It’s the start of a new year and one the resolutions that top most people’s lists is to get healthier or lose weight. This causes people to reevaluate what they eat and hopefully make some changes. One way of doing this could be a fast or cleanse in order to give your body a reset.
Juice cleanses are gaining in popularity and something you see everywhere now. You can find them at juice bars, local health food stores and even order them online. However, these are often pricey and might not even benefit you, depending on your current health situation and expected outcomes. Here are some questions to ask yourself before shelling out money for a pricey juice cleanse package.
What is your current diet like?
Do you eat an adequate serving of fruits and vegetables a day, or do you subsist on take out and pre packaged convenience foods? The more preservatives in your body, the more you will have to clean out, and a cleanse might be beneficial to your body in order to give your digestive system a break. However, if you eat a generally healthy diet with the occasional treat, your body shouldn’t be toxic enough to warrant a whole juice cleanse.
The human body after all does have its own built in detox system, namely the kidneys and liver. Those organs convert toxins into compounds that are eliminated from the body in our sweat, urine and feces. So, you can certainly add in a juice to up your fresh produce intake, but a whole cleanse should not be necessary.
Do you have any medical conditions?
Having a medical condition could cause complications and extra care should be taken when making health decisions. For starters, you should definitely consult with your doctor before doing a cleanse or altering your diet in any major way. Depending on the type of condition you have, a juice cleanse could be either helpful or detrimental.
Fruit naturally contains a high level of sugar, therefore even homemade juices have the potential to cause a spike in blood sugar. Without the fibers of the fruit to slow the absorption of the sugars, juices cause a larger spike in blood sugar than whole fruit does. These are the types of blood sugar spikes that diabetics should avoid.
On the other hand, juices don’t require as much energy for your body to process as the mastication (chewing) has already been done. This leads to a little less stress on your gut and digestive system. Those with inflammatory bowel disease or Crohn’s disease might find some relief in doing a short cleanse. However, you should still consult with your doctor first to be sure that whatever course of action you take will not aggravate your condition or harm you in any way.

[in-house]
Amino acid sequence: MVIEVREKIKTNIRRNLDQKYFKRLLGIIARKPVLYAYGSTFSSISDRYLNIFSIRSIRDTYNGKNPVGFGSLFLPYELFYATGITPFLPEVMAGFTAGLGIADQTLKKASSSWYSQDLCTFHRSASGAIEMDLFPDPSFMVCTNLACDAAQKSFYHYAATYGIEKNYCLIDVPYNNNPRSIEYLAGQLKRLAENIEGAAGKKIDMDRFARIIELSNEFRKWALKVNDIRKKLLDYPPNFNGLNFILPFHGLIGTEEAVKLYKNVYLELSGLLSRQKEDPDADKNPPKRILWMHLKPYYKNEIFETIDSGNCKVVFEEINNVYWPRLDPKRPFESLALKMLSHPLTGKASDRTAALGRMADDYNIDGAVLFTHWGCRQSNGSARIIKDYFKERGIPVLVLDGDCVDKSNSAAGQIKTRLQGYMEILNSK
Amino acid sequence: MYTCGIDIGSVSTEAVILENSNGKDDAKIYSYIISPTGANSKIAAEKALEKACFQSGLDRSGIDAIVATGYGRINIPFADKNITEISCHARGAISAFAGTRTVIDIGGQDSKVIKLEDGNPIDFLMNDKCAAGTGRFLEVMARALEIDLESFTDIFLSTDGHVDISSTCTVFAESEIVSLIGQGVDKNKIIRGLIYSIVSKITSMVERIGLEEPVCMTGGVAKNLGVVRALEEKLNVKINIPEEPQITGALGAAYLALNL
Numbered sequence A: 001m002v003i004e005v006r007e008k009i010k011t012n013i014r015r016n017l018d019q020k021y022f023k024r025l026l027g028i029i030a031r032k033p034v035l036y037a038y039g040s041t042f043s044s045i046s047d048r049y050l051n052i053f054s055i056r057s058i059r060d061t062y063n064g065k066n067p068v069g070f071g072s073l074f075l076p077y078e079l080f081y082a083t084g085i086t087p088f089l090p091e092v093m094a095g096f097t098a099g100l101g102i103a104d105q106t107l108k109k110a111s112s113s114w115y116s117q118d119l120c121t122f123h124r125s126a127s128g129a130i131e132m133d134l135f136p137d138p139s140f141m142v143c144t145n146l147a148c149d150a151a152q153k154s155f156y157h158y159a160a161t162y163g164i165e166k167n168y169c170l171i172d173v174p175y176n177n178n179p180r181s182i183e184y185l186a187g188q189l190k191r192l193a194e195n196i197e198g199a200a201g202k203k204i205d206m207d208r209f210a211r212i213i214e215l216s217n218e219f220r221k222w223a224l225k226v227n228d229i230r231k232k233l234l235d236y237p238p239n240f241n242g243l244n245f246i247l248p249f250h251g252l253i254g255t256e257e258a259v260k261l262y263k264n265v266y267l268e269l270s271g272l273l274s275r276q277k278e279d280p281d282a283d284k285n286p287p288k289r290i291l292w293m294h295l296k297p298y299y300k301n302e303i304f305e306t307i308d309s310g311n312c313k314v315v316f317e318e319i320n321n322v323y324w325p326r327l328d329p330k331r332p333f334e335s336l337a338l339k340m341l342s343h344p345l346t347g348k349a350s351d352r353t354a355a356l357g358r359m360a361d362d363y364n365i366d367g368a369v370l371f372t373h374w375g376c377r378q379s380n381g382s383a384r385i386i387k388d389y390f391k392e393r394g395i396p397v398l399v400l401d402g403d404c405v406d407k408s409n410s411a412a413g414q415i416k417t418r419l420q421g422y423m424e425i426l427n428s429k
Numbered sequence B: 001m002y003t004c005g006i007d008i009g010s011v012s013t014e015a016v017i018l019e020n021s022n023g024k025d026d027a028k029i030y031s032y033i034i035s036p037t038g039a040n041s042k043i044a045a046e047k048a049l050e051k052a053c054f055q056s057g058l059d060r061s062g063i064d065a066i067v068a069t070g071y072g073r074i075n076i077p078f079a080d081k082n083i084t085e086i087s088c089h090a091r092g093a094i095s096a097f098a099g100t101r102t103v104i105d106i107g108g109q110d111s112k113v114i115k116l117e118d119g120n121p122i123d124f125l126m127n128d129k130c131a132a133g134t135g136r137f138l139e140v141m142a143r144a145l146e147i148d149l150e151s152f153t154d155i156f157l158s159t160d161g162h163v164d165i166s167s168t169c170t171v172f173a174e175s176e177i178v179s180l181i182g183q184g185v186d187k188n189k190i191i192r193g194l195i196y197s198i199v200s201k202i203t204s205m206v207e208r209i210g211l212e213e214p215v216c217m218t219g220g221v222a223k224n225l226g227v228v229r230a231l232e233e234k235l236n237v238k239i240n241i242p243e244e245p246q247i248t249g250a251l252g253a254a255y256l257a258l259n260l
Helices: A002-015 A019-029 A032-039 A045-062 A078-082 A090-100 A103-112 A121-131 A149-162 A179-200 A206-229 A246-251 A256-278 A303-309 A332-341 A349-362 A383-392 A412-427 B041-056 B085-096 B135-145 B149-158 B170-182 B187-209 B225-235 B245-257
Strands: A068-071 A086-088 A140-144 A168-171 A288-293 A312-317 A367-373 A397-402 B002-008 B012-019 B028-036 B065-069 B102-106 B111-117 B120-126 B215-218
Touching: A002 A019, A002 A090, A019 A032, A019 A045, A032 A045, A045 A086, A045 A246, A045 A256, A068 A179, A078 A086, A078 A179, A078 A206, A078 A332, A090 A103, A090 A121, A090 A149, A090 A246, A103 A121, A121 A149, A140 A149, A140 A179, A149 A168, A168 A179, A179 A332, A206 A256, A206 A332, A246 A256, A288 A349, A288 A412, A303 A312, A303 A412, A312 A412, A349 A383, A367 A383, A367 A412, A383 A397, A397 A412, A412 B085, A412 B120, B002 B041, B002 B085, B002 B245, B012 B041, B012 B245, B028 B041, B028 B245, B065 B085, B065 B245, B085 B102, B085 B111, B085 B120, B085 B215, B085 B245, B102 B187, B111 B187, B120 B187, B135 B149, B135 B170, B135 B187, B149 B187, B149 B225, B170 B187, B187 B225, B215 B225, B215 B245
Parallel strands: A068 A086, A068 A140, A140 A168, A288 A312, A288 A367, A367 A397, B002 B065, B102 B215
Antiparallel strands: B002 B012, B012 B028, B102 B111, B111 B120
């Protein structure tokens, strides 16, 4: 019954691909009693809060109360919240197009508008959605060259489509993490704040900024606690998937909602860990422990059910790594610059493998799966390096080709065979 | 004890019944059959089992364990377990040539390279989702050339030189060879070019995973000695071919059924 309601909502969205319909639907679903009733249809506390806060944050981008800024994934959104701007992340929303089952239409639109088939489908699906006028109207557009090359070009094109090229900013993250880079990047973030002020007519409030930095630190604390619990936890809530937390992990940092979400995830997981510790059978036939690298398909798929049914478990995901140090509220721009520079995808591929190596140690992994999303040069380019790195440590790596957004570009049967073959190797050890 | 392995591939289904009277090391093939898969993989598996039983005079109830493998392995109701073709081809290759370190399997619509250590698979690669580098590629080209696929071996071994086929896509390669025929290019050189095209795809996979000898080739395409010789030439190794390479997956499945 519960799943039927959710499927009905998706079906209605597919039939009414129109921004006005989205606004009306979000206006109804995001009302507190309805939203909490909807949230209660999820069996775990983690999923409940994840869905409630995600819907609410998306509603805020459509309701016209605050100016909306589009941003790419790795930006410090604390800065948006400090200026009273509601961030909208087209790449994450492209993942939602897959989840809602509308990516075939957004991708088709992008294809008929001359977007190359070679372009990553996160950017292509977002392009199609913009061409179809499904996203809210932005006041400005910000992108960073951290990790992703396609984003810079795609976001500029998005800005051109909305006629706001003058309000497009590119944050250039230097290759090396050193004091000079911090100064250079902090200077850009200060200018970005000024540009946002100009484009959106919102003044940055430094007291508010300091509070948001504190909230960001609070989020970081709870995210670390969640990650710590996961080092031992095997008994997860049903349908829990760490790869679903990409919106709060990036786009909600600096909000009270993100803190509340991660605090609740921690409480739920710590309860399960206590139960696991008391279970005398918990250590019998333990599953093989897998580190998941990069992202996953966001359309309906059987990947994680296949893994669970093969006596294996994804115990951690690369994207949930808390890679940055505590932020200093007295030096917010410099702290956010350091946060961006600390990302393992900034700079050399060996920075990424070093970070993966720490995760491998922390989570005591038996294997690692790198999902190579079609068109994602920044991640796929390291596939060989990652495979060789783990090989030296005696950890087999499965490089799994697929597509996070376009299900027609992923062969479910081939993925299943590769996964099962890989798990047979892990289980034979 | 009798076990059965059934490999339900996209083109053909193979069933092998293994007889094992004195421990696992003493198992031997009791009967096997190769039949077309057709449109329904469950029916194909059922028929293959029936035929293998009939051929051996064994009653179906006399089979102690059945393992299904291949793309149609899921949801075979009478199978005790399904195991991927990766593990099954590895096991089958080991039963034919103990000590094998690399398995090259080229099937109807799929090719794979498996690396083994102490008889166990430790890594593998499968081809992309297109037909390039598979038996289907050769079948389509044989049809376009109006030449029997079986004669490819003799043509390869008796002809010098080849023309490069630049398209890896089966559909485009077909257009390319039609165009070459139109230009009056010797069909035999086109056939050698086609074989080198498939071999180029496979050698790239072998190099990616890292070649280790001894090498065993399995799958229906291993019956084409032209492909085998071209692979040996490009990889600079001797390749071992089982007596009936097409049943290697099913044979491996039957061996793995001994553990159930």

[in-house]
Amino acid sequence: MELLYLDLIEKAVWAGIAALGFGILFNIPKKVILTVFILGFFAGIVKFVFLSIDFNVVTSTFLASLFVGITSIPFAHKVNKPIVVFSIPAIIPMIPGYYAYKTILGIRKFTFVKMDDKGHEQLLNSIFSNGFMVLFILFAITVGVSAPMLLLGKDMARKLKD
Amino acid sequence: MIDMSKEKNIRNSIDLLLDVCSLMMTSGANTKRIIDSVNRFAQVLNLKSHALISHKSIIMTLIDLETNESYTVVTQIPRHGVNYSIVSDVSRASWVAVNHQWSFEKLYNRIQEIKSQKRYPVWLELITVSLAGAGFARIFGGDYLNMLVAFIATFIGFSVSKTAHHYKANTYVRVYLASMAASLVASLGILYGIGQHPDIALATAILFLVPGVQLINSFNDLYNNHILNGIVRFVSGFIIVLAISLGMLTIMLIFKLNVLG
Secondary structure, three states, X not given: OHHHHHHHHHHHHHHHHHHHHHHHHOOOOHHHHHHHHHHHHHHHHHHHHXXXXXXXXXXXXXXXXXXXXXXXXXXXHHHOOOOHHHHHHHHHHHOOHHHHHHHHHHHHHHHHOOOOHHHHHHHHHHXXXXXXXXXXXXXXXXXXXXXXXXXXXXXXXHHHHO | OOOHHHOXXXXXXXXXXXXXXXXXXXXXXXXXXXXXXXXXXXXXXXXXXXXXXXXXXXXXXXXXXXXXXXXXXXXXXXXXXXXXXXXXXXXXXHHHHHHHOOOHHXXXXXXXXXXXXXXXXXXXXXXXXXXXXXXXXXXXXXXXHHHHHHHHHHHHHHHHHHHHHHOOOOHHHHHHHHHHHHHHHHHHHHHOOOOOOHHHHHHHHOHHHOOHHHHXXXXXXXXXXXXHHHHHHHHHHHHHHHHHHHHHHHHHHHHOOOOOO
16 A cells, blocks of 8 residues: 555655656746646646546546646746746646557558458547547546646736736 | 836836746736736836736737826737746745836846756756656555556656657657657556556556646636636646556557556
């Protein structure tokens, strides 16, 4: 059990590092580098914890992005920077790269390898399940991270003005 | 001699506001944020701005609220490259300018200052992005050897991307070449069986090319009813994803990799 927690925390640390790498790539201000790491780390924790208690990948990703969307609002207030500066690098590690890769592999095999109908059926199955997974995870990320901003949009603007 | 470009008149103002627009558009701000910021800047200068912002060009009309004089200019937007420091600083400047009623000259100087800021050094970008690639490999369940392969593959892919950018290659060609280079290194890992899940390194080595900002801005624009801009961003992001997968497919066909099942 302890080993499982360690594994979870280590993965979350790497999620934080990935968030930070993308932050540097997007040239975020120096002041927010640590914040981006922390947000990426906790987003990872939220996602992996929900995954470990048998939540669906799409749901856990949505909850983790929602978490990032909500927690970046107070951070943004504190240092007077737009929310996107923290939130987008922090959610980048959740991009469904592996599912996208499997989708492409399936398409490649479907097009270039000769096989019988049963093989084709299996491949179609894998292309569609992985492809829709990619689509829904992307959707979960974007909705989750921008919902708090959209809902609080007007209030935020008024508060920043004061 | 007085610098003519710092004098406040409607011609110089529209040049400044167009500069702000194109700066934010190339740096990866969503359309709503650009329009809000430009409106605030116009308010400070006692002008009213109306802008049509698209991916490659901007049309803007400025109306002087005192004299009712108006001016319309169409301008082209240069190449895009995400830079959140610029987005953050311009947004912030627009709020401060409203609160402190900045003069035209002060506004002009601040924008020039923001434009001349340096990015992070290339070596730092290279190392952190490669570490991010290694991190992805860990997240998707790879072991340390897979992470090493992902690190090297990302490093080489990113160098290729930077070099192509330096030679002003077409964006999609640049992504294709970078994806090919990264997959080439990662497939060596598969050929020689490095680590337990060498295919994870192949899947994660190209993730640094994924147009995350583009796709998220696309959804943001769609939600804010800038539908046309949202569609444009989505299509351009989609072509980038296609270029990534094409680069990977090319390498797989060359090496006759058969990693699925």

Are you doing a cleanse for weight loss?
If you are doing a juice cleanse hoping to lose weight, you will most likely be disappointed. While you might lose a few pounds initially, the weight will most likely return once you start eating solid foods. If weight loss is your goal, avoid juice cleanses and instead focus on eating a fiber rich diet full of fresh fruits, vegetables, legumes and whole grains.
One thing that is very important for weight loss and digestive health is fiber. Based on a 2,000 calorie diet, adults should eat 28 grams of fiber daily. Many juice cleanses fall short of that because the fibers of the fruit are broken down and strained out.
Are you looking for an energy boost?
Perhaps you feel sluggish after you eat a meal or maybe you have a low level of energy all the time. This can certainly be attributed to diet and rectified by modifying the way you eat. Going on a cleanse will most likely provide you with a boost of energy right after drinking a juice. These energy boosts though are caused by the amount of sugar that you are consuming that is immediately available to your body without the fibers of the fruit to digest.
As you may know, what goes up must come down, so these energy spikes could also be followed with a crash. If you are looking to naturally boost your energy, a morning juice followed by a workout and a day of healthy eating might be a better option.
Considering the above questions, maybe a cleanse is right for you, and maybe it’s not. Either way though, adding a daily juice to your diet can be a great accompaniment to an already healthy diet and lifestyle.